(Reuters) - How often does this happen? In an exhaustive, 113-page opinion on Wednesday, U.S. District Judge Jesse Furman of Manhattan, who is overseeing consolidated litigation over faulty GM ignition switches, ruled that under the laws of 27 states, the owners of cars without the defect can nevertheless sue over the value their cars allegedly lost when the flaw was revealed. Judge Furman also admitted that his previous ruling (257 F.Supp.3d 372) on economic loss claims, in June 2017, was wrong.
In that ruling, which partially granted GM’s motion to dismiss car owners’ claims, the judge quoted a leading class action treatise for the proposition that most courts have found “there is no legally cognizable injury in a product defect case, regardless of whether the claim is for fraud, violation of consumer protection statutes, breach of warranty, or any other theory, unless the alleged defect has manifested itself in the product used by the claimant.”
But Judge Furman, to his everlasting credit, said that when he actually dug into state precedent, he realized that “neither this court’s nor the treatise’s conclusion was based on a comprehensive analysis of the law.” Furman said he could “no longer say with confidence” that there is a “majority view” restricting economic loss claims for nondefective products. In fact, the judge said, it turns out that purchasers in the 27 states he surveyed don’t have to allege a product defect to claim economic losses, regardless of whether the claim is for fraud, violation of consumer protection laws or breach of warranty.
“In the absence of state law to the contrary, there is no legal or logical ground to bar plaintiffs’ recovery if they can prove that they suffered economic loss,” Judge Furman wrote. “If plaintiffs paid x for their cars and can prove that their cars are now worth x minus y as the result of the alleged defects, it is arbitrary to prevent them from recovering the difference between x and y simply because the defect did not manifest itself in property damage or personal injury.”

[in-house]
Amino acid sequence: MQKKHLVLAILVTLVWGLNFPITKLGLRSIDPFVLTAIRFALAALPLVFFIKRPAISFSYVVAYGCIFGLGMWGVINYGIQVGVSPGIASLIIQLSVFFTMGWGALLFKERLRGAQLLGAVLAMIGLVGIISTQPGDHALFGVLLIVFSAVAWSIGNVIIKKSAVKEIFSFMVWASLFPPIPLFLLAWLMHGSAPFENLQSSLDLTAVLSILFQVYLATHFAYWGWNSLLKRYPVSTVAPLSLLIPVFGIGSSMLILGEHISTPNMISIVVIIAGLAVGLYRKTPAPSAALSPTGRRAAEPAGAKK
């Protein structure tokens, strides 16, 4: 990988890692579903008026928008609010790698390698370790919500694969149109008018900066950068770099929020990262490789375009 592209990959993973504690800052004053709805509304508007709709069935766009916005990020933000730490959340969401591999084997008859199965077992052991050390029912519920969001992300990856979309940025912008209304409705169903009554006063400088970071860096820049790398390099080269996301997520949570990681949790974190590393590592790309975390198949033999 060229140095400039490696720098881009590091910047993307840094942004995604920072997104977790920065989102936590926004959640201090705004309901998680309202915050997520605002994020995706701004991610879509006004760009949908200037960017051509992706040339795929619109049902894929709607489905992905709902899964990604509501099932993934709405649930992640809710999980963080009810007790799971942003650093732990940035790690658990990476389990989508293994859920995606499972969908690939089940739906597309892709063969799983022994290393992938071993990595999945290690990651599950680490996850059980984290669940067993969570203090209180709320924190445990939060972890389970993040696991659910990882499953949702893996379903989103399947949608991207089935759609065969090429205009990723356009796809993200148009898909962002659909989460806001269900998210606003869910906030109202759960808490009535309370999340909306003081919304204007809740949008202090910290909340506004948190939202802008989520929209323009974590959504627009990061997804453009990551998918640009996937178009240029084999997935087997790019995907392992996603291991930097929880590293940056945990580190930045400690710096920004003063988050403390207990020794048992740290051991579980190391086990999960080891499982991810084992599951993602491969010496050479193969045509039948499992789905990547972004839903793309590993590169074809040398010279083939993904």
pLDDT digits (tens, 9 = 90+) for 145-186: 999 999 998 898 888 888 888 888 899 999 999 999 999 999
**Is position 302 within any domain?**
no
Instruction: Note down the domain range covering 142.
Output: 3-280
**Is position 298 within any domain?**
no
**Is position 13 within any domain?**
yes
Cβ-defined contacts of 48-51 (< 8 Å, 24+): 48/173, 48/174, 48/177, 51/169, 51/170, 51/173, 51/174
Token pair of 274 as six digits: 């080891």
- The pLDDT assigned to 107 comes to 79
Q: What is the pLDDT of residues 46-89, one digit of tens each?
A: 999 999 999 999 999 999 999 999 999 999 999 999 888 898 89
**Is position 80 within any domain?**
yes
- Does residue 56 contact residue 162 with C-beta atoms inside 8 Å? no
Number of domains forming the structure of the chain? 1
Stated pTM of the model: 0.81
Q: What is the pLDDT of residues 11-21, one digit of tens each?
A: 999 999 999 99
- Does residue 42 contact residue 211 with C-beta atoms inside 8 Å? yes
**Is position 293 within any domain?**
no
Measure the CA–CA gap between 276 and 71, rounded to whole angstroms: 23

Judge Furman sided mostly with GM on two other sets of consumer allegations. He ruled that only a handful of states allow claims for lost personal time, as opposed to lost work time. (The discussion includes an abstruse but fascinating look at how courts have handled the issue of lost time to spend on unpaid housework and childcare.) The judge also said plaintiffs can’t, for the most part, pursue unjust enrichment claims against GM because they have alternative routes to the same damages.
But I think the part of the opinion that will have lasting impact is Judge Furman’s economic loss analysis, which hits two hot-button class-action issues: damages for nondefective products and state-by-state examination of precedent.
As you know, there’s ongoing debate, even up to the U.S. Supreme Court in the infamous moldy washing machine litigation, about whether consumers whose products are working exactly as intended can nonetheless claim damages for the decline in the value of the product. That’s an especially tough question in sweeping class actions that involve consumers from different states.
Last January, the 9th U.S. Circuit Court of Appeals rejected a big class action settlement (2018 WL 505343) in a case alleging that Hyundai and Kia exaggerated their fuel efficiency because, according to the appellate panel, the trial judge didn’t pay adequate attention to differences in state law. (The 9th Circuit has since agreed to rehear the Hyundai case en banc.)
Judge Furman did his judicial brethren the favor of analyzing the law on economic damages in 27 states, giving future MDL and class action judges a starting point for subsequent examinations. GM plaintiffs’ lawyer Steve Berman of Hagens Berman Sobol Shapiro told me in an email that he certainly intends to tell other judges about Judge Furman’s ruling. “This issue is a constant one in auto defect consumer cases,” he said. “It will be cited by plaintiffs in many cases.” Berman also said that from a policy standpoint, Judge Furman reached the only logical conclusion: “If GM were correct, car manufacturers would be undeterred from lying,” he wrote. “The judge found that isn’t the law - and it shouldn’t be, given the intent of consumer protection statutes.”
GM plaintiffs still have a long way to go to recover on their economic damages, of course. Judge Furman pointed out that they still have to prove cars with no defect lost value because other cars had allegedly faulty ignition switches. They may not be able to meet that standard, the judge said.
A GM spokesman declined to provide a statement on Wednesday’s ruling.
The views expressed in this article are not those of Reuters News.